The doctors made their rounds late morning.  We looked forward to these updates and actually learning if Abel was making any progress.  And he was.  At least in the breathing department.  By day 4 his respirations were down to about 80 per minute, and he was still oxygenating.  However, four days is much longer than an infant should be having breathing and eating trouble with TTN, and by this point the physicians felt an echocardiogram was in order.  I remember thinking "oh, good.  Maybe we'll finally know what's going on."  Then instantly realizing that I didn't want it to be anything that would show up on an echocardiogram.  I'd rather just never know.





On the evening of Abel's seventh day he actually nursed decently.  He took 35mL from me. We began to feel some real hope.  That was the morning that the effects of this time was really showing on our children as well.  When we had left that morning Gilead turned and ran from us, sobbing.  I began to cry, too.


The next day, Abel did even better--taking 45 to 55mL at the breast each feeding.  We knew then that we would be going home very soon.


On Abel's ninth day we arrived at the hospital to find patient education handouts awaiting us and Abel minus his feeding tube.  I'll never forget rounds that morning.  "This is Abel M., and he's ready to go home."




Our time at Doernbecher is slowly becoming a blur.  During that time we were blessed by wonderful physicians and caring nurses, many of whom were Christian.  Life is just beginning to feel normal again.  We arrived home from the hospital only to begin packing to move.  A week and a half later we loaded a truck to move across state for that job Ryan had been offered.


God is indeed good--but sometimes that doesn't look at all the way we imagine it will.



Tuesday, November 1, 2011

Undercover Mama Review and Giveaway

Undercover Mama


I have always wanted a nursing camisole, but the price has been more than prohibitive.  Nursing during the cooler months always leaves me feeling chilly, and a camisole seemed to be the perfect solution.  However, I had resigned myself to a nursing experience that leaves me less than warm during the winter.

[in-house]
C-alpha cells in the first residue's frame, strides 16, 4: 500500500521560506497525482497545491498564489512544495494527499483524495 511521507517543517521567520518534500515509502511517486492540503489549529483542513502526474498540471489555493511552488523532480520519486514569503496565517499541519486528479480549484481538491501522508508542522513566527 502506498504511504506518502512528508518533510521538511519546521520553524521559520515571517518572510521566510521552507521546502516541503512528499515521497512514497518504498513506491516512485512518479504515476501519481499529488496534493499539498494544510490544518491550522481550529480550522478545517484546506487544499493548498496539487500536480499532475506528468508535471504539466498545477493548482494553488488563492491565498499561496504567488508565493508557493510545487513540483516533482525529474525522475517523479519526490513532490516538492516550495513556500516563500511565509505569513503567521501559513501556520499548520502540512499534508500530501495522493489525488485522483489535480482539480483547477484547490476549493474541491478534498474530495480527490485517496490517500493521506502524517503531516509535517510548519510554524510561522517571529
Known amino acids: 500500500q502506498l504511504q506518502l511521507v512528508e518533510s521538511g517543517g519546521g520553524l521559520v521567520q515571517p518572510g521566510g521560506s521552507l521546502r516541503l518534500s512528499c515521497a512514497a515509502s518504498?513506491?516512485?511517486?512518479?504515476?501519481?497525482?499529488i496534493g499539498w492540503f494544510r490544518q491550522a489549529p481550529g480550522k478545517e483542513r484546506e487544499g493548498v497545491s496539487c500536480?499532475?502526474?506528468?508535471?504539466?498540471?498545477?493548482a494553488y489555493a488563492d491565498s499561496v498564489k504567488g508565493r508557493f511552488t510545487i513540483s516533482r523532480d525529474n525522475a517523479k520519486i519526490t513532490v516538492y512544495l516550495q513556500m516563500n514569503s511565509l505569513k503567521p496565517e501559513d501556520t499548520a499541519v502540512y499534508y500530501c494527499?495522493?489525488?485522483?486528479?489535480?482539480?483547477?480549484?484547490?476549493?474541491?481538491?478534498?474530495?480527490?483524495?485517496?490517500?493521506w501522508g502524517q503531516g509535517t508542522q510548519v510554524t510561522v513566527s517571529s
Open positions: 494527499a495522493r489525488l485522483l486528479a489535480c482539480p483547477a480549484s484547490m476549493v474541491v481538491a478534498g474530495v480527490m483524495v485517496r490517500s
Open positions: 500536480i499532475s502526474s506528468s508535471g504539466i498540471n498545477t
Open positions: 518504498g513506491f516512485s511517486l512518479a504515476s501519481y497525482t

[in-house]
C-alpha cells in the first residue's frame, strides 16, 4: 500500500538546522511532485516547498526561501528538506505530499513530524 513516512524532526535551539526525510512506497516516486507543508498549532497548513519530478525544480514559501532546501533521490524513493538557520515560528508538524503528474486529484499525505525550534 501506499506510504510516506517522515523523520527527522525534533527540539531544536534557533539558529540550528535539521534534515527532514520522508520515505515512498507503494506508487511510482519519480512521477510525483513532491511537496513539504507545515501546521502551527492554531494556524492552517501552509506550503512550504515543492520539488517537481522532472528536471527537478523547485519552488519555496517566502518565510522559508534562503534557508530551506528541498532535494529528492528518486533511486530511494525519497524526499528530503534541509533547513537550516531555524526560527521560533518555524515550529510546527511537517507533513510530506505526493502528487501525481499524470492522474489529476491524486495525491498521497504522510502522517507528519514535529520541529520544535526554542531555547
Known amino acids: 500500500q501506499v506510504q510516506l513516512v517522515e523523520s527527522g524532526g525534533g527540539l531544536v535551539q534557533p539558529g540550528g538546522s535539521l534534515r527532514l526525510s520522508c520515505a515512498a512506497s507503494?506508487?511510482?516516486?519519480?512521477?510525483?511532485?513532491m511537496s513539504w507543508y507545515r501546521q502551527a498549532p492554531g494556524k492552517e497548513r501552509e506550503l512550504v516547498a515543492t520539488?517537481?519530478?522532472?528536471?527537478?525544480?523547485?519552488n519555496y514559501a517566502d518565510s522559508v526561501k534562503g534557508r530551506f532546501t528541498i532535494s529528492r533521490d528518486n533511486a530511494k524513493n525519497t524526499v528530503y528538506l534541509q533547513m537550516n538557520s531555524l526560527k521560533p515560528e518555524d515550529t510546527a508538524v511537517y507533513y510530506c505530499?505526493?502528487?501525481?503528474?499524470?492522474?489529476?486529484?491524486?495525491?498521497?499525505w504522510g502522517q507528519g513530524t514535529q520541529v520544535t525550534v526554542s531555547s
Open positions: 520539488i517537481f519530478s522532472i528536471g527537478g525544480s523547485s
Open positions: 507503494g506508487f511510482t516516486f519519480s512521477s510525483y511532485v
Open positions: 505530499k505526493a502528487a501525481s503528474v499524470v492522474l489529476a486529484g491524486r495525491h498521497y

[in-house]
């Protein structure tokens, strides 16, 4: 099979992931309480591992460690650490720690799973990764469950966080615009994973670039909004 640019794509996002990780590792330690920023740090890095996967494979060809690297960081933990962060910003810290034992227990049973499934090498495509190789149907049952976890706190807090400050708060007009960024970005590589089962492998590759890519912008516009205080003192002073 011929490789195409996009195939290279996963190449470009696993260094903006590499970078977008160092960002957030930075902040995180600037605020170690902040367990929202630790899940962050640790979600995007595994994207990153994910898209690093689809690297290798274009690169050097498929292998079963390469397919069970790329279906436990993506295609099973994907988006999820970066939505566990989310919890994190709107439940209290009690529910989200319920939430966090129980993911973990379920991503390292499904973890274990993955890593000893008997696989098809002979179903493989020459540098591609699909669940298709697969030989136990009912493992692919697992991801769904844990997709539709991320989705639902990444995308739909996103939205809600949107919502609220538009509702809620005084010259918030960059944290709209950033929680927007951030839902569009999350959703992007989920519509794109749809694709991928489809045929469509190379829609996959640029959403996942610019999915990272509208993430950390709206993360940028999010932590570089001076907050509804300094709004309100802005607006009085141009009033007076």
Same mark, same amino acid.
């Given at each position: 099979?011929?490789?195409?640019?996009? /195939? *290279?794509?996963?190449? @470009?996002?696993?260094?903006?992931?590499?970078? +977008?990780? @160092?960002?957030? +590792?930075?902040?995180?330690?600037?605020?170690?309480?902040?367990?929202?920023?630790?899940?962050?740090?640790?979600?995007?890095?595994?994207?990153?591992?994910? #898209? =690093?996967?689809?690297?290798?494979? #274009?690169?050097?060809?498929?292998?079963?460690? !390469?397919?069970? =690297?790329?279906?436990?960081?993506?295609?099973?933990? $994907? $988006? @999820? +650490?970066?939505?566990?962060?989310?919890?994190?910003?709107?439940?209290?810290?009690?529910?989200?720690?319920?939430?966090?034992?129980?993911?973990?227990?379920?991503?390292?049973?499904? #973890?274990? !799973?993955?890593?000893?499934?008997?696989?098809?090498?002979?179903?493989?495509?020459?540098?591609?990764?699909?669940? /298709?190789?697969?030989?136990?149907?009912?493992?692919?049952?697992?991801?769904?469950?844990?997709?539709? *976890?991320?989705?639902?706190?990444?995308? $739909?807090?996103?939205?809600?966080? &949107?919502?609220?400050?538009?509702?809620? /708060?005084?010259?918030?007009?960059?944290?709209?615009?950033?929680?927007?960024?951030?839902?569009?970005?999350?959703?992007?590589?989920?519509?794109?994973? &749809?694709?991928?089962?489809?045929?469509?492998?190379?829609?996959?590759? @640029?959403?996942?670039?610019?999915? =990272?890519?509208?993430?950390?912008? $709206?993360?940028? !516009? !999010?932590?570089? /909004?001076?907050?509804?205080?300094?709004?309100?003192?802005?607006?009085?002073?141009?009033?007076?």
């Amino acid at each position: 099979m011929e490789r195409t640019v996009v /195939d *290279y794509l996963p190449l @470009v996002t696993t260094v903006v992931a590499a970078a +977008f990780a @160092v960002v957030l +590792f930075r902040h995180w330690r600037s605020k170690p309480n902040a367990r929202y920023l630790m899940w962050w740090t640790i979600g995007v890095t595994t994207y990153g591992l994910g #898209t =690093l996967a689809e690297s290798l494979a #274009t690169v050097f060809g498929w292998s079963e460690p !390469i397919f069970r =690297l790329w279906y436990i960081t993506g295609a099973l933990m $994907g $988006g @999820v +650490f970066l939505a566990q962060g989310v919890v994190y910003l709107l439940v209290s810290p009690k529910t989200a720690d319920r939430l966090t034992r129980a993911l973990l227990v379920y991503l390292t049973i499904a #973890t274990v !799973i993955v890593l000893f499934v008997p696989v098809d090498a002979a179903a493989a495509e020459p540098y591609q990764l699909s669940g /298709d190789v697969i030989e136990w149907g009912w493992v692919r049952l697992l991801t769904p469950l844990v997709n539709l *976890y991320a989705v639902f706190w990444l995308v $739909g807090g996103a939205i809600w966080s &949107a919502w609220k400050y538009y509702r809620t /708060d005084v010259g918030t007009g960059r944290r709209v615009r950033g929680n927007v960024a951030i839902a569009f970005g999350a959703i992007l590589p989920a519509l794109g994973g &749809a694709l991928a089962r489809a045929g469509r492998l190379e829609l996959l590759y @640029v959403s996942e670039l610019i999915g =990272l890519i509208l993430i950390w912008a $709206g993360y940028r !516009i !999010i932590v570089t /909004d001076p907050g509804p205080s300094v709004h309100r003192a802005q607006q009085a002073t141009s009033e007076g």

Then I heard about the Undercover Mama, and it seemed to be the perfect solution.  They are half the cost of many other higher quality nursing camisoles (without sacrificing quality!) but offer the same benefits with the added freedom to wear your favorite nursing bra.


I was sent an Undercover Mama in nude for review before Abel's birth and eagerly awaited the opportunity to put it to use.  It was still too warm for two layers when he was born, but it was September, and I knew my opportunity would come soon.  Then we moved to a climate in which we can expect snow anytime starting in October.  It didn't take me long to put my Undercover Mama to use!


It took me about 30 seconds to fall in love with the Undercover Mama.  And the more I use it, the more I like it.  The added coverage is wonderful not only when I'm nursing, but also during those times when one of my other children gets a hold of my shirt in such a way as to expose my post-baby belly.  It's really not something I'm inclined to show off.




The Undercover Mama is also easy to use.  It attaches quickly and easily to all of my nursing bras.  I've discovered that with some bras I prefer the hook attachment, and with others the loop is more effective.  I love that there are two options, which makes the Undercover Mama even more practical (as if it wasn't already!).




The versatility and ease of use of the Undercover Mama makes it indespensible as part of my winter nursing wardrobe.  I definitely plan on investing in one or two more before the weather gets even colder--I think it's even going to appear on my Christmas wish list!


I'm very excited about the Undercover Mama, and even more so since Undercover Mama has graciously offered to send one Undercover Mama nursing shirt to a reader of Gluten Free Motherhood.


Rules:  Please enter the giveaway using Rafflecopter.  Comments do not count as entries--though you are welcome to comment just because you want or to remind yourself that you've entered!  Giveaway ends November 16 at 12:01am pacific time.